Things had started out with champion Max Verstappen quite unpleased with a very scenographic opening cerimony, that saw drivers raise up from underneath the stage and wave – much like tributes in the Hunger Games – making the Dutchman feel like a “clown”.

First practice left the teams concerned over safety – after a drain cover disrupted the floor of Sainz’s car only 8 minutes into the session- and fans annoyed for having to leave the grandstands and miss out on free practice the FIA had to delay into late night to be able to make the necessary fixes.

But what seemed to be “99% show, and 1% sport,” soon proved to be one of the most exciting weekends of the season.

The high speeds and low grip of the circuit was quite the challenge for drivers that overtook eachother for a total of 82 times – only Zandvoort did better this season – in a race that saw many close battles and two safety cars.

Verstappen took the lead from poleman Leclerc with a move that cost him a 5s penalty, went through a collision with Russell which left him with damage. However, he went on to take the win thanks to a Safety Car that benefitted him following that contact with Russell that resulted in lots of debris on the circuit.

But driver of the day was undoubtedly Charles Leclerc, who overtook the Red Bulls three times and pulled a brilliant last minute move to overtake Perez and take P2, showing off his braking abilities.

Photo Credit: Red Bull Content Pool

Worst racesSão Paulo —

If we had a “worst races” standings, Brazil would be the most relevant runner-up in my opinion.

The Brazilian Grand Prix has a reputation for intense races with surprising results. Fans and specialists were both let down by the 2023 race, which turned out to be one of the most disappointing events of the season following a thrilling sprint.

Brazil scored its first goal before even the race had begun, when Charles Leclerc crashed out on the formation lap due to a technical fault on his SF-23.

Following that, a red flag was raised after the major first corner crash between Alex Albon, Nico Hulkenberg and Kevin Magnussen, which saw the Dane and Thai retire. Not to mention Oscar Piastri’s rear wing being hit by Magnussen’s spinning car and Daniel Ricciardo’s car getting hit by Albon’s flying left-rear tyre, costing them both a lap while getting their cars repaired.

Russell, Bottas and Guanyu eventually retiring made the remaining laps only worse in Interlagos and we were left with a race of 14 drivers. The field spread out for the most part.

But there was one special moment: Fernando Alonso finishing third by beating Sergio Perez to the line by only 0.053 seconds.

The Spaniard had put on a defensive masterclass to hold off Perez until the penultimate lap. However, he stayed in the fight and repassed the Mexican into turn 4 on the final tour. A sensational moment in a rather forgettable race.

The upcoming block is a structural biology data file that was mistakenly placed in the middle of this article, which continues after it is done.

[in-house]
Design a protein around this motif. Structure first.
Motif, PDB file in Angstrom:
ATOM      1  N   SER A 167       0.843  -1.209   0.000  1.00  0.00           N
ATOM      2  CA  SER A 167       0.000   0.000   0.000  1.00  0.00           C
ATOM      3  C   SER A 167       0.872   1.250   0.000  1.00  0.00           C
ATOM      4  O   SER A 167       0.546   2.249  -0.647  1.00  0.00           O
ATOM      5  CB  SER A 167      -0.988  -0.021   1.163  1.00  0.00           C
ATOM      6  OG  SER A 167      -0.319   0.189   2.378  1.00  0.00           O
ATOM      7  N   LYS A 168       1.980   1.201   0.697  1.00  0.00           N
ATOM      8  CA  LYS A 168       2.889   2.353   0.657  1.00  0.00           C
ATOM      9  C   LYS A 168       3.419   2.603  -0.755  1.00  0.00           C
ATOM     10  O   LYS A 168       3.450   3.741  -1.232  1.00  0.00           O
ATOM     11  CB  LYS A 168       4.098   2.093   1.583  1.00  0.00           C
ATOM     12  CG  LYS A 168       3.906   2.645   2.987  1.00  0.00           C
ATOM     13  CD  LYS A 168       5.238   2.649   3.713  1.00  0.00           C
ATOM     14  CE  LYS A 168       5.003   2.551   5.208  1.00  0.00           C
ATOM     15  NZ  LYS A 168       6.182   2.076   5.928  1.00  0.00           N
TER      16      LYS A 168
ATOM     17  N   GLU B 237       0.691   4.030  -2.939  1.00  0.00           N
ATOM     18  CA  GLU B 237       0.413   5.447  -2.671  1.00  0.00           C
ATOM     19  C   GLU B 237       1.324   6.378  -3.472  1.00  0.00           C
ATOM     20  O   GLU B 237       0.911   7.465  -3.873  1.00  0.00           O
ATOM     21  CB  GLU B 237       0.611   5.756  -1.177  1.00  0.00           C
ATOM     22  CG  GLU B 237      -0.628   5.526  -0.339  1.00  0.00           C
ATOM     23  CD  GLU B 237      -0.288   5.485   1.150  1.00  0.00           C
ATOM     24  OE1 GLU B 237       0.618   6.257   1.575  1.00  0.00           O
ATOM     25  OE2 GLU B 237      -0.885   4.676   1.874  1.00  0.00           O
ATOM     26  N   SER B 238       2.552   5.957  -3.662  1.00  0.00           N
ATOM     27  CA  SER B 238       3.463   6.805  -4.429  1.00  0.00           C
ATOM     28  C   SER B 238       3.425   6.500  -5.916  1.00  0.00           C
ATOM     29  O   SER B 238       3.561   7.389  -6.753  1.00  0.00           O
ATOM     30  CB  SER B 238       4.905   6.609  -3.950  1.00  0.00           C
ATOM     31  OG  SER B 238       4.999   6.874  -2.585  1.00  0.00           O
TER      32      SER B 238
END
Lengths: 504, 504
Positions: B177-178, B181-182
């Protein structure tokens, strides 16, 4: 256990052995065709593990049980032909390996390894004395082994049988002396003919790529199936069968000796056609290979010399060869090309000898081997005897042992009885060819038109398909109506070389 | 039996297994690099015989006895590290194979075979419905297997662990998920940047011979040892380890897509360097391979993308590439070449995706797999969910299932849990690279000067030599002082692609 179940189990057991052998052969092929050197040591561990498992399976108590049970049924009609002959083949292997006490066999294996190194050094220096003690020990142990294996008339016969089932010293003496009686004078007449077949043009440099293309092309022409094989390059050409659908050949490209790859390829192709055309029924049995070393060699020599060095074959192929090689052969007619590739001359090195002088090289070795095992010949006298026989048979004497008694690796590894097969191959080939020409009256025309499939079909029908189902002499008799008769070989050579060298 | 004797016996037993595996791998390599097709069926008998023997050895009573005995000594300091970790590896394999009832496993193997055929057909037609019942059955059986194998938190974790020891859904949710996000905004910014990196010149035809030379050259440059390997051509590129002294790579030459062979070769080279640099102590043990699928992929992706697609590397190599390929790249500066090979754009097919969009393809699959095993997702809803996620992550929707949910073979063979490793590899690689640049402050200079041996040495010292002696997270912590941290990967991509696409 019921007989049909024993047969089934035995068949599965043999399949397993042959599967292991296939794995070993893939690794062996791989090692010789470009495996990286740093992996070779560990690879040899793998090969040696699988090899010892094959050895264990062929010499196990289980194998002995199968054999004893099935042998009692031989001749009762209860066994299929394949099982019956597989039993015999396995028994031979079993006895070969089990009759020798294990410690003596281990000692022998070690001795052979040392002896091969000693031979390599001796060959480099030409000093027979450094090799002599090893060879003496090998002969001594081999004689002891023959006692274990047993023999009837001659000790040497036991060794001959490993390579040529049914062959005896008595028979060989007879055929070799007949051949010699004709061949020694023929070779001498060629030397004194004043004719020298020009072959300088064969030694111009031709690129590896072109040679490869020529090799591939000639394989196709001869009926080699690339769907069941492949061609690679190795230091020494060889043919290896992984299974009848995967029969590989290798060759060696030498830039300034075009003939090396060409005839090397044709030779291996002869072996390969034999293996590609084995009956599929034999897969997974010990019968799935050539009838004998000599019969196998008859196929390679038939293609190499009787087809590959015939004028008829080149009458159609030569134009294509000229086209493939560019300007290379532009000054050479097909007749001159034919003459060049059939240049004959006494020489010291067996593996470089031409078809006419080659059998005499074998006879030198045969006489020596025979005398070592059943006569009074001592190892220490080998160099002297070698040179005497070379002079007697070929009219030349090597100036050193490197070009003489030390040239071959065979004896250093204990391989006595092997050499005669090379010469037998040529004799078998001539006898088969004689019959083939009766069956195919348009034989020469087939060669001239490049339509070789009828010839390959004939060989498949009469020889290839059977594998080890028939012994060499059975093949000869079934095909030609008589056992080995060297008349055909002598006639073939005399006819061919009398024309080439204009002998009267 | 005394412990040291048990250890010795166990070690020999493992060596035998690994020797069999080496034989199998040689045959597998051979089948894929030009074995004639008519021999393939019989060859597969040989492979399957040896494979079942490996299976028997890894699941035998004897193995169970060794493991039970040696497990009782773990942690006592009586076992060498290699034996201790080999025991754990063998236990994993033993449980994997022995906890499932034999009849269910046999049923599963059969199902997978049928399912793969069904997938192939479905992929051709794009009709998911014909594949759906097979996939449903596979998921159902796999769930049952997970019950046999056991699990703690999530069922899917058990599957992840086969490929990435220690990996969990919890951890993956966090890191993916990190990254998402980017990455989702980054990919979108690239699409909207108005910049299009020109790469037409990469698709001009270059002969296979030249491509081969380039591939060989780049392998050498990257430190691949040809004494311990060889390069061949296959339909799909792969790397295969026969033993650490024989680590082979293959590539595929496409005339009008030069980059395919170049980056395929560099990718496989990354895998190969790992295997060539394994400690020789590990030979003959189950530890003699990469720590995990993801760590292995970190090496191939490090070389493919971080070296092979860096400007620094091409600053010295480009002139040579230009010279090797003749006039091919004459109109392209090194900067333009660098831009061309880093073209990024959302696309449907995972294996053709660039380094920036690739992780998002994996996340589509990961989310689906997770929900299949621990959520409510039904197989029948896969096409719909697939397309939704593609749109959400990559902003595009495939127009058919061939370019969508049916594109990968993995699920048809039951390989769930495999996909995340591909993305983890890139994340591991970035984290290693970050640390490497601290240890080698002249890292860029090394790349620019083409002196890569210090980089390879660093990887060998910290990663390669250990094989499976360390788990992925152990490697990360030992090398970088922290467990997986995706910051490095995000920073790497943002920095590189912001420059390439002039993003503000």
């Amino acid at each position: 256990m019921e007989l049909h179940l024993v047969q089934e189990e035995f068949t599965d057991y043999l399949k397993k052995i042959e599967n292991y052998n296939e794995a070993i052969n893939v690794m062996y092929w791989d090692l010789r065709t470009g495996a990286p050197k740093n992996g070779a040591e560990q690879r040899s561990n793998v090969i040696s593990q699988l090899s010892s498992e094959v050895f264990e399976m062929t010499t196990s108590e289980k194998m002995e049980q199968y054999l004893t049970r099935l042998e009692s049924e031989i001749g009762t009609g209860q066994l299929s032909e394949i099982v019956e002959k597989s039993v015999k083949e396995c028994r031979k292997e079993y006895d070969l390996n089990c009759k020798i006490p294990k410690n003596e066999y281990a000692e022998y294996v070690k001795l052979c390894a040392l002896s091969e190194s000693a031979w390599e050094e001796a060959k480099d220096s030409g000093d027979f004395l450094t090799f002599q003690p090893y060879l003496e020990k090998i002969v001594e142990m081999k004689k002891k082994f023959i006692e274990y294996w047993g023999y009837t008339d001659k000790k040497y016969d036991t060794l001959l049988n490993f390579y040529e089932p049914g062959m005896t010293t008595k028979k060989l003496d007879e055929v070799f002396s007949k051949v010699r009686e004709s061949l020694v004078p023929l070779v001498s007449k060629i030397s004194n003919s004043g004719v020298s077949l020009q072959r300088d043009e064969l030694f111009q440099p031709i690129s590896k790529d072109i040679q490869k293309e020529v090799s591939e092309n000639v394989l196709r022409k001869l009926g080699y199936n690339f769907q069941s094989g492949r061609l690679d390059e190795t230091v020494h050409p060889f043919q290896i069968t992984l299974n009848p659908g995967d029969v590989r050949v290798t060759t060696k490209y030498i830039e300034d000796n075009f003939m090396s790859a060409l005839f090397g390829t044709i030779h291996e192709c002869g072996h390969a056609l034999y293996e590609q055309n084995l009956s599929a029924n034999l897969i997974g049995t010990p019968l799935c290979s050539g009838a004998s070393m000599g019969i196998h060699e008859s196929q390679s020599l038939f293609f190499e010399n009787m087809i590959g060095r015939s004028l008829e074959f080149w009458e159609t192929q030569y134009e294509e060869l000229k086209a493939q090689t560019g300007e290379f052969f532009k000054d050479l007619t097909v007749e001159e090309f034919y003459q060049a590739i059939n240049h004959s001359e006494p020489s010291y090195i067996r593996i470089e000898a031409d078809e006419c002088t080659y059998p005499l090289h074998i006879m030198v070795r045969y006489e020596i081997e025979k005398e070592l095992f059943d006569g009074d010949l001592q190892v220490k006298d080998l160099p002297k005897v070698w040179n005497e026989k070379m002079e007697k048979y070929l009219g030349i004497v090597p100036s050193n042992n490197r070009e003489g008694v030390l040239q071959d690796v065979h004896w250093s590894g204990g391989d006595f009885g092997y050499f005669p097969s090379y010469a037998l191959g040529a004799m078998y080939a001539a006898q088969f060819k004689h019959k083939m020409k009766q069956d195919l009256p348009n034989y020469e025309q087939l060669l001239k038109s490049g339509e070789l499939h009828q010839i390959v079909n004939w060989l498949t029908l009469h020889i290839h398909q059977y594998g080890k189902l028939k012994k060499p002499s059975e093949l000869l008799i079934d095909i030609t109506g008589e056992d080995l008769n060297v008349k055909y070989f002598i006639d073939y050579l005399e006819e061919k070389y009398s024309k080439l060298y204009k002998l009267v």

Photo Credit: Aston Martin Aramaco Cognizant F1 Team

Bahrain —

The first round of the 2023 season in Bahrain would prove to be a race that pretty much summarised what was to come in the 21 races that followed it.

Photo Credit: Red Bull Content Pool

From pole position, Max Verstappen would claim a comfortable victory from teammate Sergio Perez. The Dutch driver would go on to win a further 18 races in the campaign gone by, a quite staggering achievement.

Behind the Red Bulls, Charles Leclerc’s bad luck continued, losing a certain podium through unreliability. It wouldn’t be his last piece of misfortune in 2023.

The one feel-good and positive story was the leap made by Aston Martin. Fernando Alonso’s overtaking show — including that superb pass on Lewis Hamilton — saw the Spaniard claim the final spot on the podium. He would visit the rostrum a further five times in the opening eight rounds.

A brilliant recovery from Pierre Gasly on his Alpine debut allowed the Frenchman to score two points after starting P20. That was another highlight.

However, Bahrain proved to be unusually underwhelming as it became harder to follow another car compared to the first part of 2022 in particular. It was a theme that continued throughout the season.

Qatar —

In spite of the entertainment provided by the Sprint format, which saw an unusual winner on Saturday in McLaren’s rookie driver Oscar Piastri, and Max Verstappen win his third title in second, Qatar has to be counted in the worst races of the 2023 season.

No event is great if a driver has to retire from it due to health concerns, like it happened to Logan Sargeant, almost faints in the final laps (Lance Stroll), throws up in the car (Esteban Ocon) or gets burns (Fernando Alonso).

The amount of fatigue suffered by the drivers can be explained with the decision taken by the organisation of moving the race to October, instead of sticking with November as in the inaugural round in 2021.

Photo Credit: Red Bull Content Pool

Another cause of concern was the compulsory three stops due to concerns about the Pirelli tyres, which forced all of them to push the tyres and themselves to the maximum and beyond.

While it definitely made for some good on track moves, the consequences on their health were too severe to consider it a positive day for the sport overall.

Among the drivers least affected by the extreme conditions was championship winner Max Verstappen, who easily took the full length race win. The best performing team overall was McLaren, placing both drivers on the podium in spite of lower starting positions.

Another interesting racing episode was the Mercedes first lap collision between teammates, with Lewis Hamilton hitting George Russell from behind. The seven-time World Champion was forced to retire the car, whereas the younger British driver ended his race in P4 thanks to a superb recovery.